Jinghao Yan

Fang Zhang

I am really interested in studying the manias, panics, and crashes in the American economy. Although people tried over the years to propose theories to figure these events out, from Shiller's Irrational Exuberance to Soros' theory of reflextivity, it seems that people have not learnt their lessons and have changed little since the dutch tulip mania.

Jason Lee

I really found all the parallels drawn in class today to be very interesting. Although not relevant to the course material, the similarities between Teddy Roosevelt and Sarah Palin were an amusing way to transition into the comparisons between the Great Depression and the current financial crisis. I thought today's lecture really demonstrated how important economic history can be to solving current and future economic issues that may arise. Thanks to the mistakes of their predecessors such as Andrew Mellon, the current administrators can avert disastrous mistakes that would drive the economy further downward.

name: Jason Lee SID: 18048004

Ben Eisenpress

The good part of todays lecture is that it tied the readings together. While each of them provided a specific view on the depression, reading them alone it was easy to get bogged down in the details. The lecture did a good job of unifying them. That said, there may have been times where the lecture was also deeper into details than needed.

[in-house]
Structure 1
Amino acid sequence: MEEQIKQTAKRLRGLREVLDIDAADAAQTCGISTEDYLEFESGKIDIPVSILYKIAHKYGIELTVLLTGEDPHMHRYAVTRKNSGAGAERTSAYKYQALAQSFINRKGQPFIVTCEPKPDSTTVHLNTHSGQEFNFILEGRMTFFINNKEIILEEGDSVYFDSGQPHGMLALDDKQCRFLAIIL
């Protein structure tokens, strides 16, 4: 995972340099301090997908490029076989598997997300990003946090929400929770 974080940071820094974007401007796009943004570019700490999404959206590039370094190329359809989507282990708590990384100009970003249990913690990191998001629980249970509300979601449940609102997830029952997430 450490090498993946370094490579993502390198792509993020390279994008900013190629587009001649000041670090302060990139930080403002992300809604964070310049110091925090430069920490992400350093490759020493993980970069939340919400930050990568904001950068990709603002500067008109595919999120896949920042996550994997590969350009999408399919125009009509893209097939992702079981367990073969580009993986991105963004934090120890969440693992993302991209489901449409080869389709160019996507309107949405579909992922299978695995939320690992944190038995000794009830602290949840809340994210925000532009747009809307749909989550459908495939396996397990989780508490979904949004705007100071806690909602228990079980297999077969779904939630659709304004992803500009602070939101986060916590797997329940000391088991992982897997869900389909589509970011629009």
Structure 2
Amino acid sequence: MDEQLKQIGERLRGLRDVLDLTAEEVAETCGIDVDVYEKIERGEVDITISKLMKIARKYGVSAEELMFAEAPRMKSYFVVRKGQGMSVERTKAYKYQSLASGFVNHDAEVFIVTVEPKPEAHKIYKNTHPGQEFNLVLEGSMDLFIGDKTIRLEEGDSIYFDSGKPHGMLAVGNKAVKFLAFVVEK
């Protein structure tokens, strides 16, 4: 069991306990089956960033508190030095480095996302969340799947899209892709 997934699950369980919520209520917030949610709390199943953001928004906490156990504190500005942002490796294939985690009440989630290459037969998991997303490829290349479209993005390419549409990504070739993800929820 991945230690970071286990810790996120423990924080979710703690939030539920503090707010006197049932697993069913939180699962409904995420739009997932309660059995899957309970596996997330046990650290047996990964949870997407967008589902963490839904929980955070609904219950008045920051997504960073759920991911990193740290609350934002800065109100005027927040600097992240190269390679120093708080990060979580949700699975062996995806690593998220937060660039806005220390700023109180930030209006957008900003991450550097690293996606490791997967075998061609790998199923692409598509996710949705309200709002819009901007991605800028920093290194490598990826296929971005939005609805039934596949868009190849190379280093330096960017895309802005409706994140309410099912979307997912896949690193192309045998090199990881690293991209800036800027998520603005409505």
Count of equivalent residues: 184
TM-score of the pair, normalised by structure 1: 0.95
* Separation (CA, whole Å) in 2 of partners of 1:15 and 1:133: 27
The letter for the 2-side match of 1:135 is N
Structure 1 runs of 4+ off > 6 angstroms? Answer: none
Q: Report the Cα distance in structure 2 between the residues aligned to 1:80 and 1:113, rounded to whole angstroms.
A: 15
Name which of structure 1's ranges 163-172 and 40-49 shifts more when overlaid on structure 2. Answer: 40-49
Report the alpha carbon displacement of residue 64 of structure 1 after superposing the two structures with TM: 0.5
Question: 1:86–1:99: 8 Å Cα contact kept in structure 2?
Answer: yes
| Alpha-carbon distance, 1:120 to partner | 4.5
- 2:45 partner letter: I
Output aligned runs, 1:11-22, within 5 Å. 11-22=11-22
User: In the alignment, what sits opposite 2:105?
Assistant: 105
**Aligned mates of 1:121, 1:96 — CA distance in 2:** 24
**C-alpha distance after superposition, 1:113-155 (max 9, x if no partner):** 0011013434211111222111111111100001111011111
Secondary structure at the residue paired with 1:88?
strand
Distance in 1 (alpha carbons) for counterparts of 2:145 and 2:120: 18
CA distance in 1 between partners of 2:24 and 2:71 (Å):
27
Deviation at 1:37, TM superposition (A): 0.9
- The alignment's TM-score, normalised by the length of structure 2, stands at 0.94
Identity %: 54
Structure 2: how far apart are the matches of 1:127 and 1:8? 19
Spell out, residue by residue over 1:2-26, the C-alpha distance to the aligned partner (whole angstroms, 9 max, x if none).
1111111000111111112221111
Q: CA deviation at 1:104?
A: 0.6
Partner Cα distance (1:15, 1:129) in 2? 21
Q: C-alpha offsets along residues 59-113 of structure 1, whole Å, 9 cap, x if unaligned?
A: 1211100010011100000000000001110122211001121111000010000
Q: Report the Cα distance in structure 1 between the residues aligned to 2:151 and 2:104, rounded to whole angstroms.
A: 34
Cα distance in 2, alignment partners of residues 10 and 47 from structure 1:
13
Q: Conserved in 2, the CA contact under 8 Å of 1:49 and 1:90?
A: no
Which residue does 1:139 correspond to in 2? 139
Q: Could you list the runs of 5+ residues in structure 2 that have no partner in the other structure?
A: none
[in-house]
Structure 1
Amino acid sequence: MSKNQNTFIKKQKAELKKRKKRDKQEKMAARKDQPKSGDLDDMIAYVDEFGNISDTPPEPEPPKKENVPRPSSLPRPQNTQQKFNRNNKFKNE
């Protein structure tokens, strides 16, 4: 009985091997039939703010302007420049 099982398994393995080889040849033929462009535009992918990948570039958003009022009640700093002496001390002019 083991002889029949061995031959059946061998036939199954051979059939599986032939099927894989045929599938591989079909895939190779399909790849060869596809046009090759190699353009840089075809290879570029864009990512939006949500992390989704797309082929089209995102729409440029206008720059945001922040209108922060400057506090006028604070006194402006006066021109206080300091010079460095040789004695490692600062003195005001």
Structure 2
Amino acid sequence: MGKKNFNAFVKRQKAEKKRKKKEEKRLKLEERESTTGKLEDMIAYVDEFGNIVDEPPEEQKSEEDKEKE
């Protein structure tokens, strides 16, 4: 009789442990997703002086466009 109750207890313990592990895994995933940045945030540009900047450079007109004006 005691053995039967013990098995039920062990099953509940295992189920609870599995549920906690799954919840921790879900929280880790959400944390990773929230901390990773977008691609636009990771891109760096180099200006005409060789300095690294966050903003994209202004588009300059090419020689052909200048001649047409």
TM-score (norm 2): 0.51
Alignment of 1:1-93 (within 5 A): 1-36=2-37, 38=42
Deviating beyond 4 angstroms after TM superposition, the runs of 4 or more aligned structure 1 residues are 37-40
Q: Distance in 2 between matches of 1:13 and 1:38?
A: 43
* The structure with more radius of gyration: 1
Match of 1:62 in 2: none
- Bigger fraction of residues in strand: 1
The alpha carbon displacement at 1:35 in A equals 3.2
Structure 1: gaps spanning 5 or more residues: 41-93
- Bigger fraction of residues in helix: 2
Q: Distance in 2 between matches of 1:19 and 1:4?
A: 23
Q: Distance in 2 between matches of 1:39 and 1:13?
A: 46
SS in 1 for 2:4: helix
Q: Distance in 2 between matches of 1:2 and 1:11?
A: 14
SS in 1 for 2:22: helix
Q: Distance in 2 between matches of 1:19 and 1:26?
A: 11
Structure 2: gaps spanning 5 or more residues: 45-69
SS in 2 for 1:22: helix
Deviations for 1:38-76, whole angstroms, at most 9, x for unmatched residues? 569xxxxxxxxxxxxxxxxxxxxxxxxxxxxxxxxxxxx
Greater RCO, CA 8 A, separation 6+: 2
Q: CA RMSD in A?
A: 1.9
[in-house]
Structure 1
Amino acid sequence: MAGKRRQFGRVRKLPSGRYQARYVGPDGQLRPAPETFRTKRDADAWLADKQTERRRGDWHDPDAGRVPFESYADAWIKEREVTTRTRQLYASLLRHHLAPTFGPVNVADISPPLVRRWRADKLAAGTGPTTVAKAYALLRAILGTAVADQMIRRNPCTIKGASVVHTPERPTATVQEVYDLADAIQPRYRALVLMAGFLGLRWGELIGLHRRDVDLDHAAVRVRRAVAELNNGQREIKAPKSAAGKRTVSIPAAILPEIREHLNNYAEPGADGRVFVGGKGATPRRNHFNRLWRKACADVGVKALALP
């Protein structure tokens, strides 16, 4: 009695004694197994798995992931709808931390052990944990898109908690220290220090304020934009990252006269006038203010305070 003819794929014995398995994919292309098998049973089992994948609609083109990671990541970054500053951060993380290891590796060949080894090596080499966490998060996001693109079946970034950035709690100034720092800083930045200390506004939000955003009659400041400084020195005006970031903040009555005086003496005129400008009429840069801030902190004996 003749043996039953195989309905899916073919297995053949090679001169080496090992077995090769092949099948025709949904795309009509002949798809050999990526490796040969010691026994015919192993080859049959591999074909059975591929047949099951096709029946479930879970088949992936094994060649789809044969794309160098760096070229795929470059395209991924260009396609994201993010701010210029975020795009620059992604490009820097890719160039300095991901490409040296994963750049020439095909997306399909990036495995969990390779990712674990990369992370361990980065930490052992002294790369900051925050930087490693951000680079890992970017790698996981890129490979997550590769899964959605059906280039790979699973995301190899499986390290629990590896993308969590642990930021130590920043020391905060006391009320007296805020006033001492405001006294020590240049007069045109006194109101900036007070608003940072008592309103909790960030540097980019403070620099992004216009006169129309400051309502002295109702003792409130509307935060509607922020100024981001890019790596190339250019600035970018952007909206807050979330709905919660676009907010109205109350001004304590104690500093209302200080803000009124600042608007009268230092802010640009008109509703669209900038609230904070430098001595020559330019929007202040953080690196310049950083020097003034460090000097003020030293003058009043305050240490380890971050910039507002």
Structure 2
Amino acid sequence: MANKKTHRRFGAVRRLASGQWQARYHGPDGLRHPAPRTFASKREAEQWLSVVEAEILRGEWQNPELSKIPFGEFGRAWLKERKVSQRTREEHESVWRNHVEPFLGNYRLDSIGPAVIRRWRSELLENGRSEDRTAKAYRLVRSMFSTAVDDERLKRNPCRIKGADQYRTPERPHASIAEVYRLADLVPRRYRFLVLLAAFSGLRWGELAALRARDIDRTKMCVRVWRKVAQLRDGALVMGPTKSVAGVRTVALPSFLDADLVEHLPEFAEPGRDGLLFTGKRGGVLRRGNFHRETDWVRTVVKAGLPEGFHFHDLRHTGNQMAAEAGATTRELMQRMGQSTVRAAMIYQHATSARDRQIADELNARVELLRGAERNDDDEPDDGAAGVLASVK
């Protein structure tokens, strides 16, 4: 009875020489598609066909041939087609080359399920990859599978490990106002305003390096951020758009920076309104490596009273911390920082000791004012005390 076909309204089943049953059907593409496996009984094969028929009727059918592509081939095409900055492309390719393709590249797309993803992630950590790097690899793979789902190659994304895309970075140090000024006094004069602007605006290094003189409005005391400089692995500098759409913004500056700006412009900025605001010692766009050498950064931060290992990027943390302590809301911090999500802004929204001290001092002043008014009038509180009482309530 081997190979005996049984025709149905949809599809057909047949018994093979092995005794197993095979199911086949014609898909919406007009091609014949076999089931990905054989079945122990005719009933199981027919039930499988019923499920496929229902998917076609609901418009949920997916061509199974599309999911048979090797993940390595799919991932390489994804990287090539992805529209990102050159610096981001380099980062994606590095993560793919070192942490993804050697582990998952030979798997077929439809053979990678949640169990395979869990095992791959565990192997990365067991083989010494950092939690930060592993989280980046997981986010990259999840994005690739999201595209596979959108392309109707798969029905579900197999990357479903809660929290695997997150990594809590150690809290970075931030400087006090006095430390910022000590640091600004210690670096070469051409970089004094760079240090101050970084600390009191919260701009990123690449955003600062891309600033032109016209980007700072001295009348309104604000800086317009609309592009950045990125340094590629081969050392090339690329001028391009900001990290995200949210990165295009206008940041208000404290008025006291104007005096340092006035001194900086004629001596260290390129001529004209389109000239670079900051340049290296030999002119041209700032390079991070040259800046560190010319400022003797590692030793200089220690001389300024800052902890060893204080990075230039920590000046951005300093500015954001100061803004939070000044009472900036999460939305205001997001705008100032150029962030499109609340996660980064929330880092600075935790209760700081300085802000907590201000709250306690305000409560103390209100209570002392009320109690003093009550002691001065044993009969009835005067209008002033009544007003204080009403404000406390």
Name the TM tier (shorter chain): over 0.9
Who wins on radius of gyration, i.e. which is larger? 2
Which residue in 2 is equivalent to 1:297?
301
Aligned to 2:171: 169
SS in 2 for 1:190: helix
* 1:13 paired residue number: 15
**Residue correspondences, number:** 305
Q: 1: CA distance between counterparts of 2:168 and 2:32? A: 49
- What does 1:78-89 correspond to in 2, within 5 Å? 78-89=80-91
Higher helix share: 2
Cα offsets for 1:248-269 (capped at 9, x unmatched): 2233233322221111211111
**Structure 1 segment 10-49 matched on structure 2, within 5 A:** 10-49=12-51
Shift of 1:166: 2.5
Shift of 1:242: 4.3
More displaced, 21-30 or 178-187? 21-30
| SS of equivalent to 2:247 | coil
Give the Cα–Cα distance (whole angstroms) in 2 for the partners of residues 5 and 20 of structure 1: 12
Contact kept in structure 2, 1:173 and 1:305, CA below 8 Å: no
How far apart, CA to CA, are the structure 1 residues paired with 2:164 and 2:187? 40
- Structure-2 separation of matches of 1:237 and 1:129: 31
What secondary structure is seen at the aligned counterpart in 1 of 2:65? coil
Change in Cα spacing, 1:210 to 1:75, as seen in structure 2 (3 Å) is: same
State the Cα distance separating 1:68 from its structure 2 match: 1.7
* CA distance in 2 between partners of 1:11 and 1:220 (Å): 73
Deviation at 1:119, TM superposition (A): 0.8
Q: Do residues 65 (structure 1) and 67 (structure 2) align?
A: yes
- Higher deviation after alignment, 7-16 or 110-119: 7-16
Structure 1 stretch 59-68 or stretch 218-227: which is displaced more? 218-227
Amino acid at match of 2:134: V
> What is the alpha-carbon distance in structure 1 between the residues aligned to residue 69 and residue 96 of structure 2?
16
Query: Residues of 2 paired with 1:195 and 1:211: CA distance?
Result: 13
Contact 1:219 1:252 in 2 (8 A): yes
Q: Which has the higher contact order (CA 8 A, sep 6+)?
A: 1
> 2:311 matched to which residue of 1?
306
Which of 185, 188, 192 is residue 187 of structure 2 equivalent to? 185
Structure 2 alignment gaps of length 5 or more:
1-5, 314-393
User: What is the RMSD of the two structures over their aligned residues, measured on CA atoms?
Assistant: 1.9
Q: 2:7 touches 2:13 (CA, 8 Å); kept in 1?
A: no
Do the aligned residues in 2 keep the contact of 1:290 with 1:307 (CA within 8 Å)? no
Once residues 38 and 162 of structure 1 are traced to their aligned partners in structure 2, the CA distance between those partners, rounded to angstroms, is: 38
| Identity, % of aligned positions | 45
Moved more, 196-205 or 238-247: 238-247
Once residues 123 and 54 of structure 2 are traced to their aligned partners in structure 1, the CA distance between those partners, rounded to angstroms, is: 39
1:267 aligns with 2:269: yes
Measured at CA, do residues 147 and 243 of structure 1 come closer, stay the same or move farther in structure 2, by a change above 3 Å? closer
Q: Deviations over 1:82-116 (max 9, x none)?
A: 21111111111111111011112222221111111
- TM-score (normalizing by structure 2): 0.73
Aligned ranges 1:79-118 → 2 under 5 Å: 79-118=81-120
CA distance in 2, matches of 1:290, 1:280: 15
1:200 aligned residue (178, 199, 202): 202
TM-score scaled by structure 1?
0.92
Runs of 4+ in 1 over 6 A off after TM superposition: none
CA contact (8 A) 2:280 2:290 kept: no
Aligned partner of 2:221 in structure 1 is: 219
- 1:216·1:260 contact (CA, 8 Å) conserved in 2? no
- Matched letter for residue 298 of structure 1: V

Aloysius Pawlicki

I liked how you compared the Great Depression with our current financial crisis. I found the similarities interesting. Hopefully, this current financial crisis will not progress into something as drastic as the Great Depression. Also, I want to point out when you talked about how the Bank of England illegally printed out notes to help aid recession. Should Parliament have allowed this? I think the main concern was inflation versus how much this helped battle recession. Yeah, I just thought that was really interesting.

Alice Kang

It was really interesting how the Great Depression was sort of indirectly caused by the ideologies of Karl Marx, who influenced Mellon, who convinced Hoover to let the financiers go bankrupt. It sheds some light on whether or not one of the most read social/political commentators in history was correct in his assessment of economic problems.